I agree that this was a tough one, and I was grateful that it wasn’t my turn to blog it! For a long time I was looking for racecourses, but apart from Ascot and Chantilly, there were none. GAME and WAXWING both eluded me. SCENERY was very subtle, I thought, using the double meaning of divine to mislead us.

  9. sidey says:

    A proper weekend puzzle for a change. I suspect 8d would have been blindingly obvious if the consonants had been checked.

  10. aztobesed says:

    Thanks mhl.

    It’s a small point but I took the course reference at 8 to refer to course in its hunting sense where game is the quarry, rather than course as a meal, where game would seem more arbitrary.

  11. NeilW says:

    aztobesed @10, see what you mean but can a quarry be a “constituent” of a hunt? Meat as a constituent of a meal seems more likely, I would have thought.

  12. aztobesed says:

    NeilW –

    Lol – I would have thought the quarry is not only a constituent of a hunt but an essential. Otherwise the hunt would be pretty pointless, wouldn’t it? The whole nebulousness of the key-word was something that lessened the pleasure of this puzzle for me. Admittedly, the game will eventually reach the table after the course, when, of course, it will become another course, in the course of time.

  13. RCWhiting says:

    Thanks all
    Enjoyably tough.
    I particularly liked 12ac and 19d (for jockey as the anagram indicator).
    Much discussion of ‘game’, my last in. Like Neil ‘game’ as a constituent of a meal seems fine. However, I was reluctant (and still am)to accept ‘set’ as a definition for ‘game’. The blog makes it clear that they are not even vaguely synonyms. It would be like using ‘inch’ as a definition for ‘mile’.

  14. RCWhiting says:

    Ignore that, I have just seen ‘constituent’ as doing double duty.
    How slow can I be?

  15. Giovanna says:

    Thanks, Bonxie and mhl.

    This was hard work and took ages to get into. Like Biggles A @1, I looked for a theme but no such luck!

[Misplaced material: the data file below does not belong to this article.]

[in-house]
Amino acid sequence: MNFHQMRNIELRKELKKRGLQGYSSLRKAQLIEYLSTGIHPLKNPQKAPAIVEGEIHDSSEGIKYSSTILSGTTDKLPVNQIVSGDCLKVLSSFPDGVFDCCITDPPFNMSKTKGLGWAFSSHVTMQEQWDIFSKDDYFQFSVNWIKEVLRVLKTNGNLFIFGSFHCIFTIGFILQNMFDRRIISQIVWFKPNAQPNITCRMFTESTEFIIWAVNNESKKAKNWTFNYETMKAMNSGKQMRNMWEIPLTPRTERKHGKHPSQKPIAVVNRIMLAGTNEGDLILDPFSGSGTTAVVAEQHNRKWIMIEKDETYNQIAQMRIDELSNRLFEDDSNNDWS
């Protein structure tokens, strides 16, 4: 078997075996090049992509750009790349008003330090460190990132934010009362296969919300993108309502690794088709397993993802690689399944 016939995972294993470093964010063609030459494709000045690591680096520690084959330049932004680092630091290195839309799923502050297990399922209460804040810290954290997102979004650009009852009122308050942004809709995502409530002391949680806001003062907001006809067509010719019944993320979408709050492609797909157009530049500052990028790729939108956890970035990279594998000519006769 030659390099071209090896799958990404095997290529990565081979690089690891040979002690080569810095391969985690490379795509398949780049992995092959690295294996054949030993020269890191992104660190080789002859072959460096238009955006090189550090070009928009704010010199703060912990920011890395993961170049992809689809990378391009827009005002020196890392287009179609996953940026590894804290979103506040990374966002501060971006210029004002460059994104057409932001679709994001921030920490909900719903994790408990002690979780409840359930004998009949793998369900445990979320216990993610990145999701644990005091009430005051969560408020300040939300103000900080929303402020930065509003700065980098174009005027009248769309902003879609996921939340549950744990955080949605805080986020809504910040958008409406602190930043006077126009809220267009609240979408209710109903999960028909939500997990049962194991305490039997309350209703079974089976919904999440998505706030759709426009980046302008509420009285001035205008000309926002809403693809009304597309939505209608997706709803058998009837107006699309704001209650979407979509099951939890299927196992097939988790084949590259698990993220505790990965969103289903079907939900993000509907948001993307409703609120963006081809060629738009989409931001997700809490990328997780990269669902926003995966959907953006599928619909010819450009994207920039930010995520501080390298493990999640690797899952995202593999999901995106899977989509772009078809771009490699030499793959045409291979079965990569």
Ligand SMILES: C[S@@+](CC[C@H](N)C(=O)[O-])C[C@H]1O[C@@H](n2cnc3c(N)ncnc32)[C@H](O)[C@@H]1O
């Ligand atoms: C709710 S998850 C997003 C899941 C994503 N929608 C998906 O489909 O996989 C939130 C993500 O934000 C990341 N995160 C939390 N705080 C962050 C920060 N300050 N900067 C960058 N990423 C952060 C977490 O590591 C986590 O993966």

Favourite was Waxwing, which was a super clue.

    Scry doesn’t exactly trip off the tongue. My ancient Chambers’s (sic) gives it as the Spenserian descry or Scot. to proclaim – a cry: a flock of wild-fowl.

    Giovanna x

  16. aztobesed says:

    Game and ‘constituent’… ‘constituent’ can also mean ‘essential’ and that was the sense I was taking it. Game as a constituent of a meal is fine (but there are other options). Game as course constituent (no article = essential) is a nice point but it does make a tighter clue.

  17. rhotician says:

    re 29ac: How does U = “uniform”?

  18. RCWhiting says:

    rho
    I think URL uses it.

  19. ToniL says:

    rhotician@17 Phonetic alphabet

  20. rhotician says:

    Thanks ToniL. Funny thing is when I solved the clue myself I didn’t think twice about it. When I read the excellent detailed blog I thought – how did I know that? So I looked up U in Chambers but failed to look up Uniform. You have restored two of my marbles.

  21. Audrey says:

    We parsed 1d as ‘not’ at first and got Ain’t from Aintree a national course.

  22. Bertandjoyce says:

    Thanks mhl. We didn’t finish this one which is quite unusual for us! Kept on thinking of Radioscope for 15d for some reason and didn’t look any further. Missed BERM completely – a new word for us! Had also never seen RUMBA spelt with an ‘H”.

    Thanks Bonxie for the puzzle though – it kept us guessing!

  23. glm says:

    Did anyone else have “cake” as the answer to 8 down? One definition of “to set” is “to cause to become fixed or hard” while a definition of “to cake” is “to form into a crust or compact mass”. And cake can be a constituent of dessert.

  24. g larsen says:

    Yes, glm (@23) I went for cake, having painstakingly gone through every possible alternative. Still seems a reasonable answer, though I now see that game is better.

    Last in in one of the hardest prize crosswords for a long time.

  25. r_c_a_d says:

    I went for cake too.

  26. Huw Powell says:

    Got about half of this a while back, returned today and almost finished it, with some aids. I didn’t get GAME, but I like it and prefer the definition of course as a hunt, since that’s one more usage. I didn’t bother to check is every usage of “set” and “course” were different definitions, but I suspect they are.

    Stumped at RHUMB and BERM. I was working too hard to figure out a dance I could remove some form of “adult” from to get “route” to even think of looking for the HA, and didn’t know RHUMB at all, or this definition of BERM.

    As pointed out, the puzzle wasn’t as difficult as it seems in many places, once one finally found the answer. I kind of like that.

    Thanks for the great weekend puzzle, Bonxie, and the blog, mhl!

  27. brucew_aus says:

    Thanks Bonxie and mhl

    This one had been in the ‘too hard pile’ for a long time now … with 27D not finished. Finally realised that the 26 was RHUMB and not ROUND and it still took an overnight pondering to see the hidden BERM which was a new word to me.

    I consistently find Bonxie quite a difficult setter and this was no different who easily draws errors which cause a lot of re-work to get back on track.

    Still a very good challenge !